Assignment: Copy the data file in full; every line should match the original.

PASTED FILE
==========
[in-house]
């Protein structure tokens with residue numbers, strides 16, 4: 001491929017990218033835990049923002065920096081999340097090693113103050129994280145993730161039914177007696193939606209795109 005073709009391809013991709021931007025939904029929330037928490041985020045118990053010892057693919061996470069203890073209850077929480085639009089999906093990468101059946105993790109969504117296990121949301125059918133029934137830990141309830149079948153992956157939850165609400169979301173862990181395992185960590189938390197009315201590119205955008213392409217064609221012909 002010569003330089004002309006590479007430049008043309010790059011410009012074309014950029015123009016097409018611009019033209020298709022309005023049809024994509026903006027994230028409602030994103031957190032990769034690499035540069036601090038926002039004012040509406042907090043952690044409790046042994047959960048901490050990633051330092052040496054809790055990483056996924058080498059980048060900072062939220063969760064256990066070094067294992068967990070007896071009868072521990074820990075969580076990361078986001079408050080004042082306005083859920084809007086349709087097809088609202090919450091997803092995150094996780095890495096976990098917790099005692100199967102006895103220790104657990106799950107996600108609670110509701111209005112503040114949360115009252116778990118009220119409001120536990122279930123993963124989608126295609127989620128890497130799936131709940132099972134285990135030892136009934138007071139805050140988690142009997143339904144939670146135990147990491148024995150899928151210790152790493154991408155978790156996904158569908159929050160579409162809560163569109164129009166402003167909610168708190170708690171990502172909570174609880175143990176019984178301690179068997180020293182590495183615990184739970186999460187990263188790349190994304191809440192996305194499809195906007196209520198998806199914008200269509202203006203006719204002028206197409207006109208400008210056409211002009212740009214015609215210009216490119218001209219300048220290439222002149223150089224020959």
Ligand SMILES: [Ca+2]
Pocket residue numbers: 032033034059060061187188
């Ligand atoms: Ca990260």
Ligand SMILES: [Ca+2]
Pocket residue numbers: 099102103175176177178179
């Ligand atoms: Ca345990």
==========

[in-house]
């Protein structure tokens with residue numbers, strides 16, 4: 001491929017990218033835990049923002065920096081999340097090693113103050129994280145993730161039914177007696193939606209795109 005073709009391809013991709021931007025939904029929330037928490041985020045118990053010892057693919061996470069203890073209850077929480085639009089999906093990468101059946105993790109969504117296990121949301125059918133029934137830990141309830149079948153992956157939850165609400169979301173862990181395992185960590189938390197009315201590119205955008213392409217064609221012909 002010569003330089004002309006590479007430049008043309010790059011410009012074309014950029015123009016097409018611009019033209020298709022309005023049809024994509026903006027994230028409602030994103031957190032990769034690499035540069036601090038926002039004012040509406042907090043952690044409790046042994047959960048901490050990633051330092052040496054809790055990483056996924058080498059980048060900072062939220063969760064256990066070094067294992068967990070007896071009868072521990074820990075969580076990361078986001079408050080004042082306005083859920084809007086349709087097809088609202090919450091997803092995150094996780095890495096976990098917790099005692100199967102006895103220790104657990106799950107996600108609670110509701111209005112503040114949360115009252116778990118009220119409001120536990122279930123993963124989608126295609127989620128890497130799936131709940132099972134285990135030892136009934138007071139805050140988690142009997143339904144939670146135990147990491148024995150899928151210790152790493154991408155978790156996904158569908159929050160579409162809560163569109164129009166402003167909610168708190170708690171990502172909570174609880175143990176019984178301690179068997180020293182590495183615990184739970186999460187990263188790349190994304191809440192996305194499809195906007196209520198998806199914008200269509202203006203006719204002028206197409207006109208400008210056409211002009212740009214015609215210009216490119218001209219300048220290439222002149223150089224020959």
Ligand SMILES: [Ca+2]
Pocket residue numbers: 032033034059060061187188
């Ligand atoms: Ca990260």
Ligand SMILES: [Ca+2]
Pocket residue numbers: 099102103175176177178179
């Ligand atoms: Ca345990």